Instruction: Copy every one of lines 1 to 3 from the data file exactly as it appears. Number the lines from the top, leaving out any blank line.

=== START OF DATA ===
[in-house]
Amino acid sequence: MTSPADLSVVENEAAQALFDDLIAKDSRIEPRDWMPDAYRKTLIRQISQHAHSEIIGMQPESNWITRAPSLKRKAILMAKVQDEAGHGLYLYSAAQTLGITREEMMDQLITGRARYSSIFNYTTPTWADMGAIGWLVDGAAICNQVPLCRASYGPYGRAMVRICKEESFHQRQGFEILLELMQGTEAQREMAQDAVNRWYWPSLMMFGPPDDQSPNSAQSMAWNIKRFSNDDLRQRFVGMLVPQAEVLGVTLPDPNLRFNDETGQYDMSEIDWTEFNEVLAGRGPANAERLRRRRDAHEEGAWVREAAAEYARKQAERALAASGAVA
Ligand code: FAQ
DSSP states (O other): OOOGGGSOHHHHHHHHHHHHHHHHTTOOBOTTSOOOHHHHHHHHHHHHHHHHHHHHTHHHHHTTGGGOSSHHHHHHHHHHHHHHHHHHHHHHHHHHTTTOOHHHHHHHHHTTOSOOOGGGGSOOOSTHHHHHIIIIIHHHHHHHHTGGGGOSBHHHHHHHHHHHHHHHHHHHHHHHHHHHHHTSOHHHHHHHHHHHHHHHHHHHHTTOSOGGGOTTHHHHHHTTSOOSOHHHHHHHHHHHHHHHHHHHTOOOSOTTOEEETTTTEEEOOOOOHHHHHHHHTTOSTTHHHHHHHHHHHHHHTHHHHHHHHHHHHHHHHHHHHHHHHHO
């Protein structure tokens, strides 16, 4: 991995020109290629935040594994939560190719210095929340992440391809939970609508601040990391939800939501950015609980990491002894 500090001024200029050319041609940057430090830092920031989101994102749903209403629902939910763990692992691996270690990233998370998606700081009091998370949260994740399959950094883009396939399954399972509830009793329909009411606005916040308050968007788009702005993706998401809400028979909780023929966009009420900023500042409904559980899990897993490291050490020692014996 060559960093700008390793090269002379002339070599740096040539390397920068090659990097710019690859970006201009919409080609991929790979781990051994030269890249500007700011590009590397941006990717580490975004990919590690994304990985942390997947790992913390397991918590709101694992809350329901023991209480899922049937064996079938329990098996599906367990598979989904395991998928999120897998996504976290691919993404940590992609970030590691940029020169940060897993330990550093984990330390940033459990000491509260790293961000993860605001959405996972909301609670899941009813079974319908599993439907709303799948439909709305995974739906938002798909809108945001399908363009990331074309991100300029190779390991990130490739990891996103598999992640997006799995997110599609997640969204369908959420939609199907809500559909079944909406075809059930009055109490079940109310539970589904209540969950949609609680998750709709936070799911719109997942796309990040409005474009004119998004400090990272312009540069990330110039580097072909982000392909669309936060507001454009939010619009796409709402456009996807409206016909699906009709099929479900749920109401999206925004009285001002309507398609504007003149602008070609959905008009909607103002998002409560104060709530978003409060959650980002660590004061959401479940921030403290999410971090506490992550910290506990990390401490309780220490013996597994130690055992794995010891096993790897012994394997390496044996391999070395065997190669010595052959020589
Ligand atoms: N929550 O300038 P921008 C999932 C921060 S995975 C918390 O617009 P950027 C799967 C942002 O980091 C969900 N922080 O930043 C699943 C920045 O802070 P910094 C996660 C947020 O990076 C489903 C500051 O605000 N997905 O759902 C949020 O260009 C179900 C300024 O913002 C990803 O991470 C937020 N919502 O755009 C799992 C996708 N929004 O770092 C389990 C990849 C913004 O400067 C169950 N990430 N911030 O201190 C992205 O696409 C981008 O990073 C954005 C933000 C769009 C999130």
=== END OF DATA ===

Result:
[in-house]
Amino acid sequence: MTSPADLSVVENEAAQALFDDLIAKDSRIEPRDWMPDAYRKTLIRQISQHAHSEIIGMQPESNWITRAPSLKRKAILMAKVQDEAGHGLYLYSAAQTLGITREEMMDQLITGRARYSSIFNYTTPTWADMGAIGWLVDGAAICNQVPLCRASYGPYGRAMVRICKEESFHQRQGFEILLELMQGTEAQREMAQDAVNRWYWPSLMMFGPPDDQSPNSAQSMAWNIKRFSNDDLRQRFVGMLVPQAEVLGVTLPDPNLRFNDETGQYDMSEIDWTEFNEVLAGRGPANAERLRRRRDAHEEGAWVREAAAEYARKQAERALAASGAVA
Ligand code: FAQ